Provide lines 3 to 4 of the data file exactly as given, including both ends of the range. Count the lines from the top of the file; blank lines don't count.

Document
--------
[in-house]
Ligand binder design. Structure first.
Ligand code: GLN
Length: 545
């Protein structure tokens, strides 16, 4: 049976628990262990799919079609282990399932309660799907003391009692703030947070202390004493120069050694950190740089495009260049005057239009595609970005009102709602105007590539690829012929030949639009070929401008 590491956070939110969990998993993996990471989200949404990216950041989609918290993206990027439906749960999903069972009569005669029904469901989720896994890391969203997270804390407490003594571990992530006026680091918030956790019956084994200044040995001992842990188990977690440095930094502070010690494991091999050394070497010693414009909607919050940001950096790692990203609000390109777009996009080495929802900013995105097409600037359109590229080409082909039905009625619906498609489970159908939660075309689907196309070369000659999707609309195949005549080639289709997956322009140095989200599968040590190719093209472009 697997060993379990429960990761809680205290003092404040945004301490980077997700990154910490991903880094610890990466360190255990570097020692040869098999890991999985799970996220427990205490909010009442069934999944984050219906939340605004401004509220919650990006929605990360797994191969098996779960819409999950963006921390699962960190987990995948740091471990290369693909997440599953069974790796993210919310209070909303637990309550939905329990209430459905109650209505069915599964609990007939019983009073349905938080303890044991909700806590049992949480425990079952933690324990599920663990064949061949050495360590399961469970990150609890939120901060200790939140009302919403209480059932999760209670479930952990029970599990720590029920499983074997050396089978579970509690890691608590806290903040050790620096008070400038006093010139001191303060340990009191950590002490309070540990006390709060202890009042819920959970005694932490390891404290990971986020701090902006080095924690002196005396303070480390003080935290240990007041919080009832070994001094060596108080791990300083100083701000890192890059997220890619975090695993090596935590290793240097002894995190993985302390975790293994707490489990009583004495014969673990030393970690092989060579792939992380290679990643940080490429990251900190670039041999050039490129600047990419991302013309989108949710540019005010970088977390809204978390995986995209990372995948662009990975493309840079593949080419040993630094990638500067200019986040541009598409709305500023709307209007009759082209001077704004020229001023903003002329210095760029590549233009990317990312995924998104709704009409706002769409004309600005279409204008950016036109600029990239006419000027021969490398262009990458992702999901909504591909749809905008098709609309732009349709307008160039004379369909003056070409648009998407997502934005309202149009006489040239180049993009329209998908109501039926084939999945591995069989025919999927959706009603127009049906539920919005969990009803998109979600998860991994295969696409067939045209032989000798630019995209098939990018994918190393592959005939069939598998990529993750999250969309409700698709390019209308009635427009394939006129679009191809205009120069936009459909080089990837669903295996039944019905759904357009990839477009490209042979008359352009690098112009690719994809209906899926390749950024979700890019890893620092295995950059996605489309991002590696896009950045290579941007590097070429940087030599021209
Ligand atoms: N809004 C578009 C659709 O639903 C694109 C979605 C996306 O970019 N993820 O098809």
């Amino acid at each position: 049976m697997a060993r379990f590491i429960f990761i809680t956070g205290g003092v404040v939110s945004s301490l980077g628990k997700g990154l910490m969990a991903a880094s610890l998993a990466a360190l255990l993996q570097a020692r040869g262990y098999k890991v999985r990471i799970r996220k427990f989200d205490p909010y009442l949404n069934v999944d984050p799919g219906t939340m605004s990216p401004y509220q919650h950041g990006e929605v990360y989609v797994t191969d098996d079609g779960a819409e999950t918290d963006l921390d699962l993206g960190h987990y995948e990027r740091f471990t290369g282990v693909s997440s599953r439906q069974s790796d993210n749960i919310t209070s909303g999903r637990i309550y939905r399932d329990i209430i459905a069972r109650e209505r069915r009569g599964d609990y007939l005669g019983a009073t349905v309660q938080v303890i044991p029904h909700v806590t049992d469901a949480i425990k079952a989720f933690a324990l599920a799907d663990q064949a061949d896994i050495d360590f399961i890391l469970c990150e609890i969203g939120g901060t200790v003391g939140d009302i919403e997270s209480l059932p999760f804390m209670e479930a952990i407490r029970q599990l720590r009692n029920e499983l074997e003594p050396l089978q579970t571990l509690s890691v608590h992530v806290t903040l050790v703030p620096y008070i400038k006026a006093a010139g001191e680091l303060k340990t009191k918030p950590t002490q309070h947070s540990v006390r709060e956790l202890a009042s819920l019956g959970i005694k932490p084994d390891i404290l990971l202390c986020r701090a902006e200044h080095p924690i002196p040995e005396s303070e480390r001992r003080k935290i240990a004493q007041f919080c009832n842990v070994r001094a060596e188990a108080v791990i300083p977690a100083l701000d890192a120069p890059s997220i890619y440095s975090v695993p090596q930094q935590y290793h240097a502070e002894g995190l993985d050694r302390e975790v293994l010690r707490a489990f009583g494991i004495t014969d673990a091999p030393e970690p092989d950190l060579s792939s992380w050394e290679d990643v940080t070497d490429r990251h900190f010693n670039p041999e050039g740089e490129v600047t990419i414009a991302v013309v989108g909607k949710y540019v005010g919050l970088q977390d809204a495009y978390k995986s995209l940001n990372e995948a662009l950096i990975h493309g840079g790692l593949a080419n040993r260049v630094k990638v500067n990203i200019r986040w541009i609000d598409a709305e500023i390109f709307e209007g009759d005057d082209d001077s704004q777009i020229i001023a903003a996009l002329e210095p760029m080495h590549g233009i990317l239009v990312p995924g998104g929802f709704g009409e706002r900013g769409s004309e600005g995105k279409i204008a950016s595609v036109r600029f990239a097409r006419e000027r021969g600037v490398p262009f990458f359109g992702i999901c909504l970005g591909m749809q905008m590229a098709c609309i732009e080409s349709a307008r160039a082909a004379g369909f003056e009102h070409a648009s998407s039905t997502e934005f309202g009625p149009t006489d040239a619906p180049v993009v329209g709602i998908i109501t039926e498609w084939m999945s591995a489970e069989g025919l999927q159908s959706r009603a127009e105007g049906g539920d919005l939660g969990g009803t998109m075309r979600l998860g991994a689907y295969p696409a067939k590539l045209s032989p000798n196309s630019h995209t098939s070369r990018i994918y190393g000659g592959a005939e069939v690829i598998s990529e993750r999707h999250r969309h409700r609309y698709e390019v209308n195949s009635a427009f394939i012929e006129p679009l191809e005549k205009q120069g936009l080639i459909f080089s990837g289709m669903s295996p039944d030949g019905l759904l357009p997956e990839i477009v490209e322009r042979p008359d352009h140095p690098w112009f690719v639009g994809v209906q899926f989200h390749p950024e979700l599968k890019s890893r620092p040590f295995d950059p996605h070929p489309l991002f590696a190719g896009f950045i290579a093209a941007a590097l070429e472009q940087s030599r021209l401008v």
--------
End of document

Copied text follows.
Ligand code: GLN
Length: 545